Built on ITIL: benefiting business at a time of transformation

Section from above a city's landscape of lit up skyscrapers in the business district

Organizations going through digital transformation can’t afford to use a tick-box exercise when it comes to using best practices like ITIL®.

Too many organizations find themselves going through the motions of adopting best practice when they need to. They might have good intentions by putting new processes in place; however, the training and certification they’re investing in might be nothing more than a knee-jerk reaction to customer complaints or pressure to transform.

Consequently, those organizations neither fully realize the potential contained in the training nor do their people retain the knowledge and apply it to their benefit.

To get a real return on investment, an organization’s management and staff need to communicate clearly about the current state of IT and the business, where they want to get to and the training that’s needed.

Some crucial questions to ask are:

  • What and where are our pain points?
  • Is there sufficient accountability?
  • How do we address customer complaints?
  • Why are we fixing the same things over again?
  • What is the state of the relationship between the business and IT?

Service management – what it means to the business

If you are implementing service management processes, you need to recognize that they are more than an internal IT exercise; they are about benefiting the business.

From an IT perspective these processes should ensure there are fewer failed change initiatives, greater productivity, improved satisfaction levels and an overall improvement in the quality of IT services delivered to customers.

However, more critically, the business should experience a more responsive IT department, greater awareness of business needs, strategic alignment between business and IT, and better support levels in operations, with IT working more proactively.

Strategy, design, transition and continual improvement

Putting the more proactive elements of ITIL in place makes life easier: it supports employee retention, creates a better working environment (every day is more predictable rather than patching things up); you can stand back and look holistically at strategic-level problems rather than just managing what’s happening day-to-day.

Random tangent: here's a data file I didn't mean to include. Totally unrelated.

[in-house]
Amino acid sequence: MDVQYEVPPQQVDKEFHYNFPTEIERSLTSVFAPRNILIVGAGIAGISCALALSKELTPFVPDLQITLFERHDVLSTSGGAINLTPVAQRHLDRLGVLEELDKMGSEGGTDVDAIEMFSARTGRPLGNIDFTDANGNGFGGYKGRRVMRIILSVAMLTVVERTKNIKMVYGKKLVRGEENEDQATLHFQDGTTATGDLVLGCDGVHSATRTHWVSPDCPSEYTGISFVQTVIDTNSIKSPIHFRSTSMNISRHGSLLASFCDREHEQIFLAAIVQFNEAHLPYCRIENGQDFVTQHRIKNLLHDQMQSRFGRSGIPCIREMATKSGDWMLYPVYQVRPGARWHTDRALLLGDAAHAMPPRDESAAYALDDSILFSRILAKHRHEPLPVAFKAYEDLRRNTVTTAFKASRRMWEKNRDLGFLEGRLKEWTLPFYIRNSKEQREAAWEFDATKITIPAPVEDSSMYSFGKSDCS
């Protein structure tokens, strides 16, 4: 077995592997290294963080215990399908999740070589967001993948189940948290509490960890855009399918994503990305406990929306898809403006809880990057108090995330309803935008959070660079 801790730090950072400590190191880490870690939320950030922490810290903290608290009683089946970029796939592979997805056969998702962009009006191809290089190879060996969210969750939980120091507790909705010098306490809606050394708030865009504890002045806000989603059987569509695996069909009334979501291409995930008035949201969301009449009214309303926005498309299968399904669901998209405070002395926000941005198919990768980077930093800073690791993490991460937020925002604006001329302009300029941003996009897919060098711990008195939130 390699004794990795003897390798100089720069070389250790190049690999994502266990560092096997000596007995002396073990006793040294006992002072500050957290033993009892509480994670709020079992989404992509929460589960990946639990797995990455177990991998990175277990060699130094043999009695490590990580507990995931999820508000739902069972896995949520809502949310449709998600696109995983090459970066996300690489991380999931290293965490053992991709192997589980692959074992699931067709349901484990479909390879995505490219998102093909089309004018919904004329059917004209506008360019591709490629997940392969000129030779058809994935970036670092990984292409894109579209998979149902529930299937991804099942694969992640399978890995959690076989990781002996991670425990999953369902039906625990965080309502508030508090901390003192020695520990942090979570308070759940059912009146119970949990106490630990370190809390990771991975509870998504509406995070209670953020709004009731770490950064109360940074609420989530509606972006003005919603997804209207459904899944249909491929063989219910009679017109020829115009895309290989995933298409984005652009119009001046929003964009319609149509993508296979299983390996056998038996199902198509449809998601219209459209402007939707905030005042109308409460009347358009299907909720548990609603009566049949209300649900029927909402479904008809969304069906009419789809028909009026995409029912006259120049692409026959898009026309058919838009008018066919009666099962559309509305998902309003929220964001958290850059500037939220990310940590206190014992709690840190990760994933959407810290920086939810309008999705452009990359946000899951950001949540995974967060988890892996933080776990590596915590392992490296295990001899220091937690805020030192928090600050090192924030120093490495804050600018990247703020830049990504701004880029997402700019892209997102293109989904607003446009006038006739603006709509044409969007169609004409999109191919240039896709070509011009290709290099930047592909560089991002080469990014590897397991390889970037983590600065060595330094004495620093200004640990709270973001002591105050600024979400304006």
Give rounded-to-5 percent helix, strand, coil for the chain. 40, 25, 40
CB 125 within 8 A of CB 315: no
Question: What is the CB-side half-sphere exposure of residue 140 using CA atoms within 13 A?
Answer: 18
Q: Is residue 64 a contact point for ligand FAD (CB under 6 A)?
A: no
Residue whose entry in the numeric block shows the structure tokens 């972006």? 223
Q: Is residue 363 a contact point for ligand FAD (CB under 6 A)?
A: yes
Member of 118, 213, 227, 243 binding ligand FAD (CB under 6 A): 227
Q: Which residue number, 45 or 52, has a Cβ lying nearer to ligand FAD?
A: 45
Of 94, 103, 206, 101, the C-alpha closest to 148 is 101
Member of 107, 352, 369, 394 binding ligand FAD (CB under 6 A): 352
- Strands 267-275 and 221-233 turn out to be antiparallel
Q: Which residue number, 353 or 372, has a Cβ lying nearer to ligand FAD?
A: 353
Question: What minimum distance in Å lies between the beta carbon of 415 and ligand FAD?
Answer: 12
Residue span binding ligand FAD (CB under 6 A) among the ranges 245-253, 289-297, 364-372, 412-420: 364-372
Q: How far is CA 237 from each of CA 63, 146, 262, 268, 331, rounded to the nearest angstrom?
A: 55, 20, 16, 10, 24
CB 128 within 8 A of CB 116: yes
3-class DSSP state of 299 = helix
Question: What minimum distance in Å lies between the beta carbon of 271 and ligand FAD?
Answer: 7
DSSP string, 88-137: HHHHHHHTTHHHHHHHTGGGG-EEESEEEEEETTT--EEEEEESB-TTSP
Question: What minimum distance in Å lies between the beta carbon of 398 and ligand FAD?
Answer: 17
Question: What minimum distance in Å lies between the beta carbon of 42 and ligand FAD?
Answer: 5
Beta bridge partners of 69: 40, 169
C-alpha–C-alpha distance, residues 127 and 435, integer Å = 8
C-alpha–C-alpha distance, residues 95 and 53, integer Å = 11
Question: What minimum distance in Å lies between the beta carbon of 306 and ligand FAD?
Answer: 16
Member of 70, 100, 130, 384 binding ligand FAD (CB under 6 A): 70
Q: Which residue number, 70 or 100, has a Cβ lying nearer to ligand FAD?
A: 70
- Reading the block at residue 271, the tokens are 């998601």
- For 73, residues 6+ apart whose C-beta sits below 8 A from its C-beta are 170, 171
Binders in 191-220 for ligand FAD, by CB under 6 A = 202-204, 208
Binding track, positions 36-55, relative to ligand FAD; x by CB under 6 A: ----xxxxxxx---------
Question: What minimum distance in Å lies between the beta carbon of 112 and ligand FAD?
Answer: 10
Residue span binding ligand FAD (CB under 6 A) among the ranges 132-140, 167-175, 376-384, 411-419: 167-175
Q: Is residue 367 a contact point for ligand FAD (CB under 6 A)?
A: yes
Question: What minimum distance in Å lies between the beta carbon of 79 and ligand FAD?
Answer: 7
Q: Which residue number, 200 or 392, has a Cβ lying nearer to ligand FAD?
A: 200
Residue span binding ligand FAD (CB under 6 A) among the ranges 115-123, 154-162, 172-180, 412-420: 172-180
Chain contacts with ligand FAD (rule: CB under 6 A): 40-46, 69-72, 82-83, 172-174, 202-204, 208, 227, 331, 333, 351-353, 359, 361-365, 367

And ITIL is a vital part of what ITSM professionals need to learn about how to work with other frameworks and methods deployed for change and improvement programmes.ITIL at a time of major change

If you’re embarking on an organizational transformation, ITIL gives you the necessary control element, assurance, quality and an underlying stability.

With lots of changes happening you need to have “big picture” coordination and this comes from some of the key areas in ITIL:

These are vital for businesses to get what they need and in the right timeframe.

And then there’s the interface with project management. If your organization has a Project Management Office, then ownership of processes should sit there; linking project and service management and avoiding any disconnect at a time of major change.

ITIL and ongoing learning and certification

The future is evolving quicker than some of us realize with rapid digital transformation, automation and AI initiatives. IT Service Management has always been at the heart of IT and ITIL has always been at the heart of Service Management.

However, ITIL shouldn’t be seen as a one-off learning activity. Putting staff through ITIL Foundation will get people talking the same language and sharing an understanding but people need to continue their studies to higher levels where there is even greater practical skills and knowledge.

Ongoing certification in ITIL helps create a greater foundation for taking leadership roles and more significant ROI from a higher level of knowledge and capability.

The key element is to adopt and adapt the ITIL guidance; applying it to the needs of your organization. Wherever you manage change, support customers, design and make improvements, you still need ITIL: it is the “skeleton” on which you hang the “muscle” of the IT department.

For more information, see our Built on ITIL pages.

Read more Blog Posts in the Built on ITIL series

Built on ITIL: training for transformation

Built on ITIL: a steady stream of employment

Built on ITIL: Putting a rocket under your career

Built on ITIL: quality and consistency in service delivery

Built on ITIL: a service management foundation for the future

Built on ITIL: ITIL – the tool that just keeps giving

Built on ITIL: digital transformation is an organizational challenge

Built on ITIL: taking ITSM to the next level

Read previous AXELOS Blog Posts by Steve Lawless

Getting started with Continual Service Improvement

Making ITSM agile

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below statement is interesting:

ITIL it is the “skeleton” on which you hang the “muscle” of the IT department.
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The future is Built on ITIL

Built on ITIL

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